While we are on a roll lets add another issue to the mix. Global jet aircraft sales are poised to grow massively over the next few years. According to a presentation by Airbus 32,585 passenger jet aircraft worth $4.9 trillion will be sold over the next twenty years. That is a lot of jet engines that will require quite a bit of cobalt. 

As stated earlier another big use of cobalt is in gas turbines used in power generation. As the world continues to industrialize the demand for electricity will increase. One of the big beneficiaries has been gas turbine electric generation due to lower emissions from natural gas.

The question seems to ask itself; if the EV makers are getting ready to ramp production of electric cars and the batteries in the cars require cobalt for the cathode, where will all the cobalt come from? I have already pointed out the supply issues with cobalt. 

There could be a huge bidding war for cobalt supplies. GE, Siemens, Westinghouse, Pratt Whitney, etc... have billions of dollars invested in plant and equipment to manufacture jet engines and gas turbines. I doubt that they will shutdown production so that Tesla can meet their orders for Model 3 cars.

What will probably happen is that the price will rise to a sufficient level to ration supply to its highest most efficient use. A sustained higher price will also encourage prospecting and development of primary cobalt mines. However any new mines would take years to find, develop, and bring into production. Another possible outcome would be the development of new battery materials that do not require cobalt.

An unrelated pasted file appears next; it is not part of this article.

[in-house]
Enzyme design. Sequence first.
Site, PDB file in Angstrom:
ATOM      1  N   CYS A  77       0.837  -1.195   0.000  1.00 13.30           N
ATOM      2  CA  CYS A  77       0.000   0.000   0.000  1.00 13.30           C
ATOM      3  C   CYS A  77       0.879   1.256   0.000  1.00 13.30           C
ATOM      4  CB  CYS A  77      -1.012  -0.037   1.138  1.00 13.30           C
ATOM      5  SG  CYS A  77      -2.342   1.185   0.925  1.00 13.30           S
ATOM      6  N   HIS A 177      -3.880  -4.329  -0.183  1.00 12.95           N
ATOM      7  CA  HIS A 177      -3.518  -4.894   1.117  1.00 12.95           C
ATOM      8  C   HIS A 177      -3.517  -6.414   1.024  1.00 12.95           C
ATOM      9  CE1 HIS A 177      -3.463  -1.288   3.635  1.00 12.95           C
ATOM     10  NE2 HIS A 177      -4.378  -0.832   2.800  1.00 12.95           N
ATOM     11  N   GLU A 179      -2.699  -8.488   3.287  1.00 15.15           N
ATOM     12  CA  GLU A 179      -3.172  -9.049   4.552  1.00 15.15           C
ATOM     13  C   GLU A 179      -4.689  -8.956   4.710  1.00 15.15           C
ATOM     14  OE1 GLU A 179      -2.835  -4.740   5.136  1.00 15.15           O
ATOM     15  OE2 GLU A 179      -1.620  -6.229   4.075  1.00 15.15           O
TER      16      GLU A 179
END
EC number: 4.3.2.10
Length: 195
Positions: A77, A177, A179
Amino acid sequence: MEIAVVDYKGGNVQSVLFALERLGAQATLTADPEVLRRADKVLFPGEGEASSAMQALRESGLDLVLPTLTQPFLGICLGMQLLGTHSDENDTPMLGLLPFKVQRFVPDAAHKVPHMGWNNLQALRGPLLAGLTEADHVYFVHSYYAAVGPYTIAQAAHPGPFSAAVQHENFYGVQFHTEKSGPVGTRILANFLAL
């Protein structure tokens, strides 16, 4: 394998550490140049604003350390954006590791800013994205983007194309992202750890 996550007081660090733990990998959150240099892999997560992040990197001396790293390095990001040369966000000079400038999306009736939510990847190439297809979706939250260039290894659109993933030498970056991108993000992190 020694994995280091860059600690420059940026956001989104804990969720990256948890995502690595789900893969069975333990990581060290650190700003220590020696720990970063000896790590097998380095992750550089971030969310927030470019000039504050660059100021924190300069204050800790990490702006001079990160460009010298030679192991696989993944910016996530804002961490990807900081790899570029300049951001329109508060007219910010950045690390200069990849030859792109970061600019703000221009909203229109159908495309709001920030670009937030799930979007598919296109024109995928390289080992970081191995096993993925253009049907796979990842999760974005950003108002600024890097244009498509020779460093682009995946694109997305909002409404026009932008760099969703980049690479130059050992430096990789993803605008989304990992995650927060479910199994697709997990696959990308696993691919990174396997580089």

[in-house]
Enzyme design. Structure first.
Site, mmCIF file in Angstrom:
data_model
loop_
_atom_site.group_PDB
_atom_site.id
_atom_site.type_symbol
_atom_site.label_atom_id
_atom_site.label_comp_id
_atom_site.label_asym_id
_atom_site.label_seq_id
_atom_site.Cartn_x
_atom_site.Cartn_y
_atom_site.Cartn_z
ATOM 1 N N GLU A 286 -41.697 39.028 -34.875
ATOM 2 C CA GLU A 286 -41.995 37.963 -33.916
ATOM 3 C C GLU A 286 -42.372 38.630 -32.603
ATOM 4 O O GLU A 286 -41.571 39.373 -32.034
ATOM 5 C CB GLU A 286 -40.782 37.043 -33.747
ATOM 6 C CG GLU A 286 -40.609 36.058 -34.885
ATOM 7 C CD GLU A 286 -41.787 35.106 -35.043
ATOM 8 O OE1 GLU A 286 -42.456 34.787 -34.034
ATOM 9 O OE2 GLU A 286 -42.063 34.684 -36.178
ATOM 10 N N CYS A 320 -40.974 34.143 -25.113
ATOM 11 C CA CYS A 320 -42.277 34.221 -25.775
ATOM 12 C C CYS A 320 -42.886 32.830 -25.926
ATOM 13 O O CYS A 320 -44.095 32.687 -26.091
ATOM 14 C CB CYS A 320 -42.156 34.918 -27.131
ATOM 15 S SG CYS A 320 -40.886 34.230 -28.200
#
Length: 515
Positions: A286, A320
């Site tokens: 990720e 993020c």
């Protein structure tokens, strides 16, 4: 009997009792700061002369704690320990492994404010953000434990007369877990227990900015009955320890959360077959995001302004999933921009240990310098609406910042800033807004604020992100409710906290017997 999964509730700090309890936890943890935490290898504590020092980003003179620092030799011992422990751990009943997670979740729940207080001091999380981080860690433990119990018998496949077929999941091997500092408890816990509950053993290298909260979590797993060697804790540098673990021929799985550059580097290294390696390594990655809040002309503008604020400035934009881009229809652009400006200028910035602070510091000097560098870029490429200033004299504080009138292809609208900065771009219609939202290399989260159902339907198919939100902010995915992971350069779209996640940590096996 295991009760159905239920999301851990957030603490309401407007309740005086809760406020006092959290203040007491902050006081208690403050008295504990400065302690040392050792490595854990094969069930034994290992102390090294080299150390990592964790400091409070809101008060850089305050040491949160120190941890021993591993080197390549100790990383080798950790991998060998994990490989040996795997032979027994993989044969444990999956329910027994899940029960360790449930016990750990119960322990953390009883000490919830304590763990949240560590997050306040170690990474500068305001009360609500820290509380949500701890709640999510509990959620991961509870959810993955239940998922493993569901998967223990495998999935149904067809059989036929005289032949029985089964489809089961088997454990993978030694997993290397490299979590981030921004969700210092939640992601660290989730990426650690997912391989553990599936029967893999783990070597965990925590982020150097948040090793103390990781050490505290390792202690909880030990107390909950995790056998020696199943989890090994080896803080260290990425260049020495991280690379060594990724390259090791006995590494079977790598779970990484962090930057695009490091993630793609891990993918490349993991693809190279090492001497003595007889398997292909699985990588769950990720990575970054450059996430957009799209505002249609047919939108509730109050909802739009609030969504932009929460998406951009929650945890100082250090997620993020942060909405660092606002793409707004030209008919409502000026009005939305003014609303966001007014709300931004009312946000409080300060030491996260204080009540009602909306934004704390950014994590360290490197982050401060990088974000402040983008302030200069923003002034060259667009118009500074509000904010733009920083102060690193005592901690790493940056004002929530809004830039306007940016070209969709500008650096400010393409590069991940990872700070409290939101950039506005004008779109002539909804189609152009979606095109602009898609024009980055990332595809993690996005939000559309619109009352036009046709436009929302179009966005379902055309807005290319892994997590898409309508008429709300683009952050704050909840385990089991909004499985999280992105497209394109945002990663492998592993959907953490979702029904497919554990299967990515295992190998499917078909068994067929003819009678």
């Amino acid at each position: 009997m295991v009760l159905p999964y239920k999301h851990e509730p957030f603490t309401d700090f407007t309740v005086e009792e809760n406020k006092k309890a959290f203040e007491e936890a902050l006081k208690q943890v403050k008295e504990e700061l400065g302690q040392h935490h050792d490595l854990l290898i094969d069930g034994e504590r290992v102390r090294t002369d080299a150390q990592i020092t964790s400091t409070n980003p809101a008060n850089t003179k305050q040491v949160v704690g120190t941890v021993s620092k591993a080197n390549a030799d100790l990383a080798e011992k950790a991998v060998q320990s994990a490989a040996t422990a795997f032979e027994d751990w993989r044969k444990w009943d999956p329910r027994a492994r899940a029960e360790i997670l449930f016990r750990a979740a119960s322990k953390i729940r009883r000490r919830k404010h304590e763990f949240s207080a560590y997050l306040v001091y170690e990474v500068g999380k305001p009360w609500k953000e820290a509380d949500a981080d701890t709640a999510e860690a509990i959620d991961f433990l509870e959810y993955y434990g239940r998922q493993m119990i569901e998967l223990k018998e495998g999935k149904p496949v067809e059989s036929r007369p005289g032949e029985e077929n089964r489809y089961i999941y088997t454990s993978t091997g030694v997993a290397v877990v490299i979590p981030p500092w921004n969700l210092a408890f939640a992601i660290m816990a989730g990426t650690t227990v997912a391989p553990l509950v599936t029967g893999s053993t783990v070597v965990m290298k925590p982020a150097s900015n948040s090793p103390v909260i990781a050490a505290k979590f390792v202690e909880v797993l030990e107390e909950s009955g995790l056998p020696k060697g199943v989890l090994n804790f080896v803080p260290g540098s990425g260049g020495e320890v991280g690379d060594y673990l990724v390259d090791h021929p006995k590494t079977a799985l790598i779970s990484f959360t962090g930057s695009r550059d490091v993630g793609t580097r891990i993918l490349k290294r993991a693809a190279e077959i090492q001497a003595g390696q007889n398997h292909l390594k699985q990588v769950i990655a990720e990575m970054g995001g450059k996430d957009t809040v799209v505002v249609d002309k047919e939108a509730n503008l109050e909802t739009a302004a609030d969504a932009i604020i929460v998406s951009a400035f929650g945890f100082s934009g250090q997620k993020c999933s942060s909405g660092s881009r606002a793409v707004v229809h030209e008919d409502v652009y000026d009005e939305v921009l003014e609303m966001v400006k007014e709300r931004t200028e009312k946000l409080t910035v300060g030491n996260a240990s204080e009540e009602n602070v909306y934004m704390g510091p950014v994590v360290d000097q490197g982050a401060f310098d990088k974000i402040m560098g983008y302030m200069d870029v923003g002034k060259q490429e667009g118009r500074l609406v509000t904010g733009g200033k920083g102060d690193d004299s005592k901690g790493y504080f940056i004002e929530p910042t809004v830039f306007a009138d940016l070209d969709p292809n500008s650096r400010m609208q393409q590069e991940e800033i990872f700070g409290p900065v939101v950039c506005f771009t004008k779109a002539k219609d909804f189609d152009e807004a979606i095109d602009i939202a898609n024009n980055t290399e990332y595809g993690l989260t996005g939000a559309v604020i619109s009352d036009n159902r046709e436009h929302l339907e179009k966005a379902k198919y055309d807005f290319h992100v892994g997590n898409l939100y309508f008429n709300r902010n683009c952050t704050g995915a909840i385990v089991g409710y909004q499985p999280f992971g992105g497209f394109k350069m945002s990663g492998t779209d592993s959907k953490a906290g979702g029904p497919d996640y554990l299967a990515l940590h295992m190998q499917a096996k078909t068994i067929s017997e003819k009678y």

Cobalt prices are currently around $10 per pound but back in 2008 spiked to $52 per pound. We could see another spike as supply tightens and demand continues to grow. 

Author John Peterson has written that the impending cobalt shortage and the failure of the battery industry to plan for it is the biggest "oops"in supply chain management history.

Cobalt’s status as a by-product of nickel and copper mining precludes the possibility of abundant cobalt supplies for the battery industry. Competition from eight well-established industrial sectors that need predictable volumes of cobalt every year precludes the possibility that the battery industry will be able to outbid competitive cobalt users. Declining cobalt production during a period of rapidly increasing demand from a single industry is likely to have a highly adverse impact on cobalt prices unless somebody is sitting on a massive shovel ready cobalt deposit that doesn’t show up in the literature.

Something has to give and I believe that something is the battery industry.

Based on everything I’ve learned about supply and demand dynamics in the cobalt market, I’m convinced that cobalt will be a coffin nail in the prevailing mythology that cheap and plentiful lithium-ion batteries will usher in a golden age of cost-effective EVs and stationary energy storage systems.

So for want of cobalt will Elon Musk lose his kingdom? Even more important what will this lack of cobalt mean for the replacement of the ICE cars by electric vehicles?